As to the latter situation, Judge Learned Hand in an often cited dictum explained the proposition as follows:
If the owner of a damaged vessel puts her in dry dock to repair damages done by a collision, and while she is there seizes the opportunity to make other repairs, which do not extend the time consumed in the collision repairs, the tort-feasor may not abate his damages.
Clyde S.S. Co. v. City of New York, 20 F.2d at 381. In The Pocahontas dictum, Judge Swan, citing Clyde S.S. Co., restated it with a slight change of emphasis which caused some confusion at the trial below. He wrote:
If the collision damage is serious enough to necessitate an immediate lay-up for repairs, the owner may charge the tort-feasor with what the vessel would actually have earned during the detention period; and there will be no abatement of the amount because the owner chooses the occasion to accelerate his annual overhaul or to repair damage for owner's account of a character not necessitating an immediate lay-up and not extending the detention period beyond the time required for collision repairs. Clyde S.S. Co. v. City of New York, 2 Cir., 20 F.2d 381, and cases therein cited.
109 F.2d at 931 (emphasis added).5
Judge Swan's formulation is literally correct. There should indeed be no abatement if owner's repairs do not extend "the detention period beyond the time required for collision repairs." The problem is that it can be taken to imply, and was understood by Judge Knapp to mean, that no detention damages should be awarded if the owner's work does extend the detention period. Judge Knapp understood the negative inference in Judge Swan's formulation as a condition to the recovery of detention damages when it was intended only as a measurement or maximum limitation of the amount of detention damages properly awarded.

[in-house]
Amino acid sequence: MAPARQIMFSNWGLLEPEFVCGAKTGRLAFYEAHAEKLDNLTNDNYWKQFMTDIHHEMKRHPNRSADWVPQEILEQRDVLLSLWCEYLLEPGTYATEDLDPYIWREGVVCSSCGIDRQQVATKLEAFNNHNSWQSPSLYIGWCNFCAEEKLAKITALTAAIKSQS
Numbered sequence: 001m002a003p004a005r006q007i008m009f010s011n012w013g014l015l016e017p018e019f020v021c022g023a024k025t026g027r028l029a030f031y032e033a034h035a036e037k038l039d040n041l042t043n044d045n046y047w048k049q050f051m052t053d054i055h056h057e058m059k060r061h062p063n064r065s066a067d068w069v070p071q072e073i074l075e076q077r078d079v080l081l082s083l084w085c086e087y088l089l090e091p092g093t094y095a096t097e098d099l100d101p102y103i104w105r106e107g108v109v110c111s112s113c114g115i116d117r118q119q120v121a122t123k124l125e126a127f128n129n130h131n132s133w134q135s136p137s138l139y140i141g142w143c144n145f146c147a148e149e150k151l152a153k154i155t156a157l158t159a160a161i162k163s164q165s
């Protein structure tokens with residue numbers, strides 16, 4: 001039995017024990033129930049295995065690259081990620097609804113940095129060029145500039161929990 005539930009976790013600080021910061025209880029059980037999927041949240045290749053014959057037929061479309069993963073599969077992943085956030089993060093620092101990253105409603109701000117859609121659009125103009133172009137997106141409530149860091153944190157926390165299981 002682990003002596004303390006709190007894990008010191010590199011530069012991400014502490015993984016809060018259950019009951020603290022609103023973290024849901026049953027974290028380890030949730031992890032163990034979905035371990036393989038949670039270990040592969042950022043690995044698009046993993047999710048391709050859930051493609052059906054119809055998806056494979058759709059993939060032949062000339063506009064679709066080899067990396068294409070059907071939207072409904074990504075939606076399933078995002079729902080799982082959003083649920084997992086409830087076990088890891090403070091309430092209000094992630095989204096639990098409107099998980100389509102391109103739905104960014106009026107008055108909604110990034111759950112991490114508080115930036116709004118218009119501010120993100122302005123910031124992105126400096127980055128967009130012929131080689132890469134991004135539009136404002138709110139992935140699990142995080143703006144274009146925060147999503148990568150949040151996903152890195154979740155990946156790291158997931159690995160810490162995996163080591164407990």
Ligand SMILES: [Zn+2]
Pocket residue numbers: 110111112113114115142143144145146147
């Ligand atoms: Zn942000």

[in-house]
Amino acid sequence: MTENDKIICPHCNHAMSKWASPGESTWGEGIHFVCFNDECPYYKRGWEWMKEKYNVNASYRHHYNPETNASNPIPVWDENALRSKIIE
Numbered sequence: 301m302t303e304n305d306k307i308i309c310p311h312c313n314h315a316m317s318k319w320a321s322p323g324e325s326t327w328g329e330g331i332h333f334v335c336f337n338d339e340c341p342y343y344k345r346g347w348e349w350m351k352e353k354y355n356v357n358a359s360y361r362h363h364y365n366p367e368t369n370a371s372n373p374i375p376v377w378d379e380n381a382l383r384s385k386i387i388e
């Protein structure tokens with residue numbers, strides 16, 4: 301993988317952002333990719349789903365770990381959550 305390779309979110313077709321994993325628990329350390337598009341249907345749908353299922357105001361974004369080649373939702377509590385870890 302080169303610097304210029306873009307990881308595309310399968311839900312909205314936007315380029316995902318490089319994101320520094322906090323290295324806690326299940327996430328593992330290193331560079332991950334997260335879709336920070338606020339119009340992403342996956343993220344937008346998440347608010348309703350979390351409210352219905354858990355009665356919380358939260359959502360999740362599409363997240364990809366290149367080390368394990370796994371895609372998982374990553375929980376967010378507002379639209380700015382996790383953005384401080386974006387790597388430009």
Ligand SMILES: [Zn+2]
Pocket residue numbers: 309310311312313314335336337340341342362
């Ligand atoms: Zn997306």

Judge Hand's statement looks not at the duration of the detention period, which is irrelevant, but at "the time consumed in the collision repairs." 20 F.2d at 381. The owner, of course, is not entitled to recover damages for any detention period longer than that consumed in the collision repairs, since this loss of profits is not attributable to the tortfeasor. What Judge Hand's concluding limitation adds is that even the time consumed in collision repairs may not be recoverable in its entirety if inefficiency or interference resulting from the simultaneous performance of owner's work extends the time consumed by the collision repairs. If, for example, fifteen days were consumed in necessary collision repairs, the tortfeasor is presumptively obliged to pay for fifteen days detention. But if the tortfeasor can show that collision repairs would have taken only nine days but for owner's repairs simultaneously conducted which delayed the progress, then the defendant would have shown, in Judge Hand's words, that the "other repairs, ... (did) extend the time consumed in the collision repairs," id., and he would be entitled to "abate" the damages from the fifteen days actually taken for collision repairs to the nine that would have been consumed had there been no owner's work done. This result remains the same no matter how long the owner's work keeps the ship out of service. Judge Swan's formulation works the same way. Using his words, if the owner's repairs "of a character not necessitating an immediate lay-up" do extend the detention period "beyond the time required for collision repairs," 109 F.2d at 931, the detention loss will be "abated" (reduced) by the extent to which the detention period exceeded what was necessary to repair the collision damage.